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Clearing the Air: How open-source air quality data can save lives and repair the climate

Trees lining the middle of a motorway
Expert Advisor to The Earthshot Prize and Engagement Analyst at TransitionZero

Despite clean air being a public good, access to reliable information needed to make significant changes is lacking at a global level.

According to the World Health Organization, air pollution is the greatest environmental risk to human health, with at least 4.2 million people dying from outdoor air pollution-related causes each year.

Currently, only half of the world’s governments track air quality, of which only 40% have real-time data available to the public. This means that approximately 5.6 billion people around the world have very limited or no access to meaningful information about the quality of the air they breathe.

As most pollutants in our air come from heavy industry, power and heat generation, vehicles, agriculture and waste management, it is challenging for individual citizens to fully take control of their air.

For instance, coal power plants are a major source of air pollution, but their emissions data is not publicly accessible in many countries. This means that the true social and environmental cost of coal generation is often underestimated – a very relevant consideration in the discussion to retire coal plants early. Without open data, the full value, as well as past and future impacts of polluters, cannot be transparently assessed.

What we need instead is for local, national and regional organizations and governments to work together to make easily available, unrestricted and transparent data the standard practice, especially as it relates to the sources and levels of air pollutants in their areas.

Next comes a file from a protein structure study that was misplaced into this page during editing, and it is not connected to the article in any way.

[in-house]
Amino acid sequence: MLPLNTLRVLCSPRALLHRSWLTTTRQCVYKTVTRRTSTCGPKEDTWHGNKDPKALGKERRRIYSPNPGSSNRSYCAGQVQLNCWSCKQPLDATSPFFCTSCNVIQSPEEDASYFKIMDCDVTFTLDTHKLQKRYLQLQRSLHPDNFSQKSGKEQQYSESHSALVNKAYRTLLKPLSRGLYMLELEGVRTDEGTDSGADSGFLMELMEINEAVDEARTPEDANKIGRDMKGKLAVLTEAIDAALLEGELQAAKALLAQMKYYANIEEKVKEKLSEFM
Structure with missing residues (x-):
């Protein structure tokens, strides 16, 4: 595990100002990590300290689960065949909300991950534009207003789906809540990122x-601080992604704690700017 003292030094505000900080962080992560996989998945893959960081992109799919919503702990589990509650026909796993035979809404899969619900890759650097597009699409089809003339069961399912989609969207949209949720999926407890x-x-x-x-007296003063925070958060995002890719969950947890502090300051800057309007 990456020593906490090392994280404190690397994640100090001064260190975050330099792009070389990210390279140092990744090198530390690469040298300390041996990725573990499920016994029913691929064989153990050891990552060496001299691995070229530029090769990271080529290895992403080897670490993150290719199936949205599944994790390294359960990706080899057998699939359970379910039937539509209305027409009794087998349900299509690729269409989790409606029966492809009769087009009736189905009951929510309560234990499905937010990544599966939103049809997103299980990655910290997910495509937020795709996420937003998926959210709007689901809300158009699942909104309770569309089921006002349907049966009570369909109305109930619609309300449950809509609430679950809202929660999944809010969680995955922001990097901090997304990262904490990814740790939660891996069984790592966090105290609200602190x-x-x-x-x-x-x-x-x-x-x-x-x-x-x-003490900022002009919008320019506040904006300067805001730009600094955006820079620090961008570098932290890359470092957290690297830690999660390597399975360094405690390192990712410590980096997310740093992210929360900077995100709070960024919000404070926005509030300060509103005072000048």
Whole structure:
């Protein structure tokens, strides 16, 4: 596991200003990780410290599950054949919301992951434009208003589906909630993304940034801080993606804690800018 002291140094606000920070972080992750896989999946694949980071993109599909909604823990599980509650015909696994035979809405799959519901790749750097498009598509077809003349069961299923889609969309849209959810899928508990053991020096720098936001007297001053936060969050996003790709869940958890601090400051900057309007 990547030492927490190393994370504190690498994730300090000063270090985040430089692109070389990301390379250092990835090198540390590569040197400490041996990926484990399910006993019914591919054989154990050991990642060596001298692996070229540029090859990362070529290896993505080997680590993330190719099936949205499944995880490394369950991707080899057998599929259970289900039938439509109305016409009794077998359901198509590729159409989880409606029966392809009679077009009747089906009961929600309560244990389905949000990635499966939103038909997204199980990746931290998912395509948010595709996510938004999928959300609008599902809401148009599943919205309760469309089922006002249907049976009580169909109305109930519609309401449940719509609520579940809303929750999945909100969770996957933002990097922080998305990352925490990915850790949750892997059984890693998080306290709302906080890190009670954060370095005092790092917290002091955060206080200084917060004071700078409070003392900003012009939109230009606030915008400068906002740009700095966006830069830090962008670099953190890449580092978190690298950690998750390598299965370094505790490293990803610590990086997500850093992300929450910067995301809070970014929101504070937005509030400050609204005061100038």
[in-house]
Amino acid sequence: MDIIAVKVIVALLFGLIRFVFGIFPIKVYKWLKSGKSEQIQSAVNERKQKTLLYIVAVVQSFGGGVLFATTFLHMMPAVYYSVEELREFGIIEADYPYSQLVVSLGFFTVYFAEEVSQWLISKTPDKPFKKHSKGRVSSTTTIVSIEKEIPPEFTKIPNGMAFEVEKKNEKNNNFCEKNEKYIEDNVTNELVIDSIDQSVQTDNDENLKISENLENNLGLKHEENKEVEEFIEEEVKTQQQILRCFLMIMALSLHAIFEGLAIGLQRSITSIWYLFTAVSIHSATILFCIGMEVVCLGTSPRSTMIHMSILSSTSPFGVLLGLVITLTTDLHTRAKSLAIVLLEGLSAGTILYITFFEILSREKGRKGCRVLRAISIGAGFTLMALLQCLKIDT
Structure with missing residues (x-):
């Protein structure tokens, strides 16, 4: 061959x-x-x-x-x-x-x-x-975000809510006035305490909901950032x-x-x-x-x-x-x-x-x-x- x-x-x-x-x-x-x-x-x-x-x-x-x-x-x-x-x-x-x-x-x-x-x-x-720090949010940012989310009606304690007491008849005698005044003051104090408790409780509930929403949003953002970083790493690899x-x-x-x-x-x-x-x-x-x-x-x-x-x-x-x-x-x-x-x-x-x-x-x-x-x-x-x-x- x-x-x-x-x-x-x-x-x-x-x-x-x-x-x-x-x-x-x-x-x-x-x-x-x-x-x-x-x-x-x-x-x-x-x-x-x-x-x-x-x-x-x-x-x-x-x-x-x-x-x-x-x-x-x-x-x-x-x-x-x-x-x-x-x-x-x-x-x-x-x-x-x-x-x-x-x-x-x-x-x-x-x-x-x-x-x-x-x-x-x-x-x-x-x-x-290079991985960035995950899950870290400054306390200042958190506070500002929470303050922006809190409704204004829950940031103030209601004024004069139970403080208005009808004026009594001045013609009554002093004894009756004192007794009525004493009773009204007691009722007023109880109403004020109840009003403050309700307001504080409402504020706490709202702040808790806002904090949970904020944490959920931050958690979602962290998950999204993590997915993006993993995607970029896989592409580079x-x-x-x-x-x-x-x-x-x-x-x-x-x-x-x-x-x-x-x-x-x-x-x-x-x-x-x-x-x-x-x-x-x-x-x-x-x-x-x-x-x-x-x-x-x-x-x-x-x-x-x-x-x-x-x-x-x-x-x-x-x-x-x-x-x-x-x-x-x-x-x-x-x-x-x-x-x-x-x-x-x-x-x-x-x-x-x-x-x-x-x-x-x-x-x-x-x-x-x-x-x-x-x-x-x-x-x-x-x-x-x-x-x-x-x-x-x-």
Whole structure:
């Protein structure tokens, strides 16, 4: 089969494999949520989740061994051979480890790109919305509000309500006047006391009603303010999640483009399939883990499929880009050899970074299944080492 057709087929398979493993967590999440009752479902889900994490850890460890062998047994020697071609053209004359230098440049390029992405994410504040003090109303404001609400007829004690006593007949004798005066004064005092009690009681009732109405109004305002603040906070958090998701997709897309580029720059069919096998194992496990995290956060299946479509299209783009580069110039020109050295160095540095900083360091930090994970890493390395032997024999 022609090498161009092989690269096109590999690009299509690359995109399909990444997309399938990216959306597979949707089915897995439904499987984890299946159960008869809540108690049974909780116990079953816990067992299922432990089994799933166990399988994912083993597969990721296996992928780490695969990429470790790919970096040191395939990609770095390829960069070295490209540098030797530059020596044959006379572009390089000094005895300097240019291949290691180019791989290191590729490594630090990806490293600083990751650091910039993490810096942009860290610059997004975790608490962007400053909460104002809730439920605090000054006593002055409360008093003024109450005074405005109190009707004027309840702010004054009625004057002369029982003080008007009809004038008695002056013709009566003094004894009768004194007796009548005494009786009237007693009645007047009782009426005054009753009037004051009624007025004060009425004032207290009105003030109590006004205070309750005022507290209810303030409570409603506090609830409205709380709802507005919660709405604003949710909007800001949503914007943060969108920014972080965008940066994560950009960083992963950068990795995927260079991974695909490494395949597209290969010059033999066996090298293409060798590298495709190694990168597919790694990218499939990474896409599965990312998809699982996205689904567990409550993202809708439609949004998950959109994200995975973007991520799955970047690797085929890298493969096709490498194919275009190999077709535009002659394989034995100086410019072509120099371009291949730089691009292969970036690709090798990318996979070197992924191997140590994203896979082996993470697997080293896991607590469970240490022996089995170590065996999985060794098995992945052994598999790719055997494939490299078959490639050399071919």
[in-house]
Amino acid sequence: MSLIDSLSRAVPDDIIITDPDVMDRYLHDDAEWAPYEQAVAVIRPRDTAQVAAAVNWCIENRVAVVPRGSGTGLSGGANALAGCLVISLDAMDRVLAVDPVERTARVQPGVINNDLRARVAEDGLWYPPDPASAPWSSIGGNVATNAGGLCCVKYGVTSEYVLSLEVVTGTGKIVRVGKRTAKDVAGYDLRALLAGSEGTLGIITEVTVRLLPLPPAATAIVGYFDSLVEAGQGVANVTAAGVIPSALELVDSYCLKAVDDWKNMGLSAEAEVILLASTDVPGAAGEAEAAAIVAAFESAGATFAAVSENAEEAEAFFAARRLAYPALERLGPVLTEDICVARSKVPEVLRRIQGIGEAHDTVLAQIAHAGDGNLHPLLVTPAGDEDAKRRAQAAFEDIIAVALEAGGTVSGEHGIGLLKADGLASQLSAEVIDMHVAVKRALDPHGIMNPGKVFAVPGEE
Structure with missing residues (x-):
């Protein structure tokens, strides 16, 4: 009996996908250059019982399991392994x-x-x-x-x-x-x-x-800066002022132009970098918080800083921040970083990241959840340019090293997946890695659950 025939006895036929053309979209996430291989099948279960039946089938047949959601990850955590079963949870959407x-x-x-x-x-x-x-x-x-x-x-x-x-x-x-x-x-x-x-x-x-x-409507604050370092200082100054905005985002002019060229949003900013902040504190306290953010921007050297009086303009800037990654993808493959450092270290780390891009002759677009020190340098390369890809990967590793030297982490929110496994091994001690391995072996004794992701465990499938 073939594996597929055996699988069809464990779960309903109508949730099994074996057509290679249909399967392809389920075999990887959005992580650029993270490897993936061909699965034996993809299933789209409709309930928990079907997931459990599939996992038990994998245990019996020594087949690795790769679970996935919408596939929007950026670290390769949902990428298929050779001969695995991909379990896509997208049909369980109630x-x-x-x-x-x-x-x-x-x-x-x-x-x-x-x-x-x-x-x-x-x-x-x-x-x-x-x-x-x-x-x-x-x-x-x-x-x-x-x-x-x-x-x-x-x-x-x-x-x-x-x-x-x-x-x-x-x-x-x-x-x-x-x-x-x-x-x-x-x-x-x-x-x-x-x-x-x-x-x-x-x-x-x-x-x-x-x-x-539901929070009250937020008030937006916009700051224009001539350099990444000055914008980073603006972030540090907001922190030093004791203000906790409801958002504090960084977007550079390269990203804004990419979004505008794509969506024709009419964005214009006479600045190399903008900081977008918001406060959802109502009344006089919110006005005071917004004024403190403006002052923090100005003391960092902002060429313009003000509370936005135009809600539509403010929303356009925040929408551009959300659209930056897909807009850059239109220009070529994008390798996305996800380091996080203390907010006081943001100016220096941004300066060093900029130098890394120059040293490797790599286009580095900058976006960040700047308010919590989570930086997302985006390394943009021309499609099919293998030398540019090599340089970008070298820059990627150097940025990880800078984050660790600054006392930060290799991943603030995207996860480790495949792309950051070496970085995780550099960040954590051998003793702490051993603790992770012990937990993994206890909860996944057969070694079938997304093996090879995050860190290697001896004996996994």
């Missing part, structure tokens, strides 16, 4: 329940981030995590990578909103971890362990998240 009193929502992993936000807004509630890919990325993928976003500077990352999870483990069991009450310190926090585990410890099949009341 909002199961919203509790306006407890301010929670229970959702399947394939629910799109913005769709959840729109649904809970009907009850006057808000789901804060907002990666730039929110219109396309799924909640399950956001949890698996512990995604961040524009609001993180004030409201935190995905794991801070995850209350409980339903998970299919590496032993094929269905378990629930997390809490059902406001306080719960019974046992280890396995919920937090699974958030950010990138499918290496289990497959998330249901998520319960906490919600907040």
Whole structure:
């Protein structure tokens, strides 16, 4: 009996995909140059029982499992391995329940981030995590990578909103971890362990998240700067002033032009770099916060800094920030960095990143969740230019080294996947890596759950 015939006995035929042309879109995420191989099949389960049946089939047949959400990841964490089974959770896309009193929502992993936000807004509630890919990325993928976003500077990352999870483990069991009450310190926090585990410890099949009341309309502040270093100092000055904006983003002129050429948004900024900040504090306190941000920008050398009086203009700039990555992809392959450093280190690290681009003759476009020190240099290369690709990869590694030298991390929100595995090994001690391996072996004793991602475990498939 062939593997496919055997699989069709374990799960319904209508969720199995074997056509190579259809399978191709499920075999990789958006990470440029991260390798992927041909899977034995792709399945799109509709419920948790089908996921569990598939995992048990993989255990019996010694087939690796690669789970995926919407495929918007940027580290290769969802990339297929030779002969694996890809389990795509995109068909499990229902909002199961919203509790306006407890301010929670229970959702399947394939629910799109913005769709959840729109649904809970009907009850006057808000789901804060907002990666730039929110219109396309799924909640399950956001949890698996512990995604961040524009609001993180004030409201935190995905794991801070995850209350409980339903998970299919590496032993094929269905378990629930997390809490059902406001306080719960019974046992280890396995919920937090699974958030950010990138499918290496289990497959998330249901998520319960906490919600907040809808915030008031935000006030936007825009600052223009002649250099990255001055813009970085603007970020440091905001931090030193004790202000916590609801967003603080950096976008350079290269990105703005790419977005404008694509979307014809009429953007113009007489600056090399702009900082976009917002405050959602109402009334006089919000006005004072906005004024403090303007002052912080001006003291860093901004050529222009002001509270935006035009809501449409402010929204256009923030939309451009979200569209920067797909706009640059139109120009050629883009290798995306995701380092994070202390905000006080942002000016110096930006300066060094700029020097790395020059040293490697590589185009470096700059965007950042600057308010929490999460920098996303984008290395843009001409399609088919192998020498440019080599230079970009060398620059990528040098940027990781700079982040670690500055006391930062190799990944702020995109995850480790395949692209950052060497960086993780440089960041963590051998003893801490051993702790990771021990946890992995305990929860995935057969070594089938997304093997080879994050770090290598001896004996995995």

Open data is important in research development, which should inform evidence-based public health and environmental policies. Open access to accurate air quality measurements accelerates the creation of freely available research tools and models. One such example is The Health Effects Institute, who use open data to estimate risks to health caused by exposure to air pollution from a variety of different sources, including vehicle emissions and industrial pollutants.

While a range of community-based tracking efforts, such as OpenAQ and Clarity, have worked hard in recent years to increase the availability of open-access air quality data, these are still limited. We need to supercharge our data collection and build a transparent approach to funding and maintaining air quality networks around the world.

Addressing the climate crisis necessitates urgent, coordinated and strategic action by countries, communities, and corporations. Open data that is standardized, up-to-date, and well publicized is essential if we are to tackle the difficult questions around energy transition.

Isabella Suarez, TransitionZero

Access to data is one thing; the ability to analyze the data, crunch numbers and deliver useful insights lends it further importance. That’s why solutions built by groups like TransitionZero and the Centre for Research on Energy and Clean Air, showcasing the power and importance of open data in informing policy and investment, are timely and crucial.

Find out more about TransitionZero and their flagship open-source electricity system model generator, the Future Energy Outlook, at


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